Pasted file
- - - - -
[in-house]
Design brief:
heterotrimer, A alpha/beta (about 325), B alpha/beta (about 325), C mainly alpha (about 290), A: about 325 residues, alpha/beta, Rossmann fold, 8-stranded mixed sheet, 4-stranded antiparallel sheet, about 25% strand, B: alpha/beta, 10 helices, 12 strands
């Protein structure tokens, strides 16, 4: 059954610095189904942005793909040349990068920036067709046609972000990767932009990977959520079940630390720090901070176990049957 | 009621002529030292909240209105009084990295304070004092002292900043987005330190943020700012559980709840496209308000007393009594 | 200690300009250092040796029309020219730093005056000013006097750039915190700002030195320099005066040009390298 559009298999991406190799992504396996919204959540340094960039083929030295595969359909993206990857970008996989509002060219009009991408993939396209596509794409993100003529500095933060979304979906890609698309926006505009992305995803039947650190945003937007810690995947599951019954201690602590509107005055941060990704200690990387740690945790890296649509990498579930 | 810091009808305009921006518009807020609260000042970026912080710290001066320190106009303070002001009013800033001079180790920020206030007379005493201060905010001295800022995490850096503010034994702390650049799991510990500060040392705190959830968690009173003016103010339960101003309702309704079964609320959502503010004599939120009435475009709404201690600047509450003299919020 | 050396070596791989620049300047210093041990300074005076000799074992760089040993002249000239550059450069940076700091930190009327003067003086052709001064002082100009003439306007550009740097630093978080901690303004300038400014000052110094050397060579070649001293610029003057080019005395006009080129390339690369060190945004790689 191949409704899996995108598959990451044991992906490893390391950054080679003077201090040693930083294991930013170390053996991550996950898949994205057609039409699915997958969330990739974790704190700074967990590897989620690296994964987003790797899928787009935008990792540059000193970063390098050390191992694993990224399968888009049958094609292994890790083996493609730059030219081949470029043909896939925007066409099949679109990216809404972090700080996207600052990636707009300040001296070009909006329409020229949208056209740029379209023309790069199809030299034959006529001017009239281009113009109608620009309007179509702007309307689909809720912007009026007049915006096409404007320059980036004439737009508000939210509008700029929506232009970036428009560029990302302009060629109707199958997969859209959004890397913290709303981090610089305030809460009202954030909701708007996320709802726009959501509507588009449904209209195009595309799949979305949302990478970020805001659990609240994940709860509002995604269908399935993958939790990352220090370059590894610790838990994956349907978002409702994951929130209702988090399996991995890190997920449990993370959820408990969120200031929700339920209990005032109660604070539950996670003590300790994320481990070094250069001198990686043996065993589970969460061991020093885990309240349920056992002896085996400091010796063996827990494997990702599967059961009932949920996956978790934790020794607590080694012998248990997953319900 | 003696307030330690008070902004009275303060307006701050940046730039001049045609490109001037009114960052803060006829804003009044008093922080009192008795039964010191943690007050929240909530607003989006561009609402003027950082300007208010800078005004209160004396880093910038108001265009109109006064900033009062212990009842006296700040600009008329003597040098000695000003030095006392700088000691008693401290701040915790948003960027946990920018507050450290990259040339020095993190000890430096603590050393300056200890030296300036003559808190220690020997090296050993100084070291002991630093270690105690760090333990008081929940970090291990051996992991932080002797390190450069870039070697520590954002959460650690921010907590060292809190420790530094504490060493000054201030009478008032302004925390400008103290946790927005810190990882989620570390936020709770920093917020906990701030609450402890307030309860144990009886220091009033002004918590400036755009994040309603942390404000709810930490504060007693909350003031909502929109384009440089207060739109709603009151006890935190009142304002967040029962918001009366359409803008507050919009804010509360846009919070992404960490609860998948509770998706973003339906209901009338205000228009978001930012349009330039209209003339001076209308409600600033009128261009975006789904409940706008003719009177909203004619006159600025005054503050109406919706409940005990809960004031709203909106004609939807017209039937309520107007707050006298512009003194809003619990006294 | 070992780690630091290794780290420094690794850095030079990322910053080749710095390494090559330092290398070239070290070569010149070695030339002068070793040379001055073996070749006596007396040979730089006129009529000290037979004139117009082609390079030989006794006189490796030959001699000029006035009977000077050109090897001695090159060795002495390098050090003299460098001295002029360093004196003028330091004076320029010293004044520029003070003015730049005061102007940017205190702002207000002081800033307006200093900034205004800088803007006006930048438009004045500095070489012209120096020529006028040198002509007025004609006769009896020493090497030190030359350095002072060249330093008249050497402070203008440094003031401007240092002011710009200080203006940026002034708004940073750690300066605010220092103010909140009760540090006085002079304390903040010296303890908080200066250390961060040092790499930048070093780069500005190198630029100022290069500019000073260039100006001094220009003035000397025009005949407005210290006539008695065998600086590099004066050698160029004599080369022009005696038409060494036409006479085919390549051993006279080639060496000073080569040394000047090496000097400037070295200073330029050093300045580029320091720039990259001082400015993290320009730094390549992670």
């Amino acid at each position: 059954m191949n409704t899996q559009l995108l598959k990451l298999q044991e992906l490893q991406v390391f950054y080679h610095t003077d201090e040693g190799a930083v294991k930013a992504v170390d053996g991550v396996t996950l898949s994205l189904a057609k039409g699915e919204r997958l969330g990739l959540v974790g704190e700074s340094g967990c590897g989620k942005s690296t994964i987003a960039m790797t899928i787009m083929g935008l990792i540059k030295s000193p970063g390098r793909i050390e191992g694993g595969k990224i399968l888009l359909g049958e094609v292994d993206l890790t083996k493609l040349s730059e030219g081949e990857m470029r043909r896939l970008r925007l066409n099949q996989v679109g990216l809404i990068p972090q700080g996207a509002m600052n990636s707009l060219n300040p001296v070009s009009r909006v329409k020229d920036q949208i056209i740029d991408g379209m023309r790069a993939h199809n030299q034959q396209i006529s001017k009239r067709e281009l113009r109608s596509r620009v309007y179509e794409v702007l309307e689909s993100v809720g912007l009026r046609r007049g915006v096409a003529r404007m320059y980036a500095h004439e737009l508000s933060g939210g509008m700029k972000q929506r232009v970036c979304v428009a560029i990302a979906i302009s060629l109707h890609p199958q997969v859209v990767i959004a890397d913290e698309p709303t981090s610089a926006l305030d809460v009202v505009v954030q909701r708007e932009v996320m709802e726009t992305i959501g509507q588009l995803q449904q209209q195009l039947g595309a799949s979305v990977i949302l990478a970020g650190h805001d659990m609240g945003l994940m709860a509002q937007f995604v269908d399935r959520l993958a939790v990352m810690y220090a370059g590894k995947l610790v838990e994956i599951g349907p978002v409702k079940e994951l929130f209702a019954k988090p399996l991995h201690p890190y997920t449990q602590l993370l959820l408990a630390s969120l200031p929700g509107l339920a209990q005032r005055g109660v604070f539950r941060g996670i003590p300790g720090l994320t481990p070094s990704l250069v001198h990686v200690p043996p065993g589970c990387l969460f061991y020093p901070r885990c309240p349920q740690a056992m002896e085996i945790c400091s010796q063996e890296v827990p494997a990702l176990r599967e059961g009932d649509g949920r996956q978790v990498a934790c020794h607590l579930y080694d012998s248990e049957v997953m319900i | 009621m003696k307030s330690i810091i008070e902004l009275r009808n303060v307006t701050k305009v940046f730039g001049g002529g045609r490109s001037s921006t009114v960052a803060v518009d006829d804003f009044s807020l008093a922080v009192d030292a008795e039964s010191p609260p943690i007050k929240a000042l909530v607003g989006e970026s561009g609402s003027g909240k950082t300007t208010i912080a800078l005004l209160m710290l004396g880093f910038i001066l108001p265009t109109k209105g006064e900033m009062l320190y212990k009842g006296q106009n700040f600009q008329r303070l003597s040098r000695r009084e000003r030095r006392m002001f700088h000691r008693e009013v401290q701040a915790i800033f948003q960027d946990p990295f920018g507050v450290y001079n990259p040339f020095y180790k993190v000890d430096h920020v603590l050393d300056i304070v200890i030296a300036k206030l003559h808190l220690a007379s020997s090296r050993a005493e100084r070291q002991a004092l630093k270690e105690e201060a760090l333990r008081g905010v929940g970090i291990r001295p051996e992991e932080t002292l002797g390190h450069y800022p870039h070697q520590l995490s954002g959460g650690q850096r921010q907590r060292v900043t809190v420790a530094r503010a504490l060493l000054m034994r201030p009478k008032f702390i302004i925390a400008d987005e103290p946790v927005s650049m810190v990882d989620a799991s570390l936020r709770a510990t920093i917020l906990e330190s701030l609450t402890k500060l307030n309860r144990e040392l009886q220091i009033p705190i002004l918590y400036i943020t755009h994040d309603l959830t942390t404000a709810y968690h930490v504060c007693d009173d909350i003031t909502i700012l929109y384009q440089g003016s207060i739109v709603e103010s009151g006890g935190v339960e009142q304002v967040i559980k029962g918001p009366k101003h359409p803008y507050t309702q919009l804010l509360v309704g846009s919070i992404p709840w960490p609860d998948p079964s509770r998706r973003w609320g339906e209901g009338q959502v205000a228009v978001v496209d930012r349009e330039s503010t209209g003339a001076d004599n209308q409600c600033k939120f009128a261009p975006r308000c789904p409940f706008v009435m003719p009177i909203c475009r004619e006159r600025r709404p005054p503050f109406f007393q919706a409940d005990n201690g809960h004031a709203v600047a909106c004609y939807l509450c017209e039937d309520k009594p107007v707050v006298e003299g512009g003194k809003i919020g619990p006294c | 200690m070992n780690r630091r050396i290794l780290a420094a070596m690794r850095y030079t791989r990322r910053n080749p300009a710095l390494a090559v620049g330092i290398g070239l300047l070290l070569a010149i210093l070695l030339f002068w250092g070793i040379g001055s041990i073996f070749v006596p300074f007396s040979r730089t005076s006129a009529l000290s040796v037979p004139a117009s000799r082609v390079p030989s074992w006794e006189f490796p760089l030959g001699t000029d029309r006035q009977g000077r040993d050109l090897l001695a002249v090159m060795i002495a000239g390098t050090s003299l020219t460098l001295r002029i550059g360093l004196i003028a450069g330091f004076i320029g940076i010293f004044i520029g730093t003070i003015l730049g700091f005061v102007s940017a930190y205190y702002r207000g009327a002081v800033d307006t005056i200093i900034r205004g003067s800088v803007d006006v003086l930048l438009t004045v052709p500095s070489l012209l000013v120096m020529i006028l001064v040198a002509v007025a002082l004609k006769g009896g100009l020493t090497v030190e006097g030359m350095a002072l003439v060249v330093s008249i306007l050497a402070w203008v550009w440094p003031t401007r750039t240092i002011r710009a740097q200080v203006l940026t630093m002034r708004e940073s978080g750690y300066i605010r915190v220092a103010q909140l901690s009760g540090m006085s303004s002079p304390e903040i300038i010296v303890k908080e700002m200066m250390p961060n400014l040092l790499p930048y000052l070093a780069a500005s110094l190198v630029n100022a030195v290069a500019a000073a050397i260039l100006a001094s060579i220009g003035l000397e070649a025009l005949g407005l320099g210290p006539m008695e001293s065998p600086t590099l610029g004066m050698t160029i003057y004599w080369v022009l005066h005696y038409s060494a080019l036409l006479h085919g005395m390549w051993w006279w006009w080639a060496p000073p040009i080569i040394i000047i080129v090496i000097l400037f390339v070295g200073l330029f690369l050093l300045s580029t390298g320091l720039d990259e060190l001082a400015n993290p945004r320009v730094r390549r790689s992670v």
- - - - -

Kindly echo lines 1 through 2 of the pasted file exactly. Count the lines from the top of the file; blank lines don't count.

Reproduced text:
[in-house]
Design brief: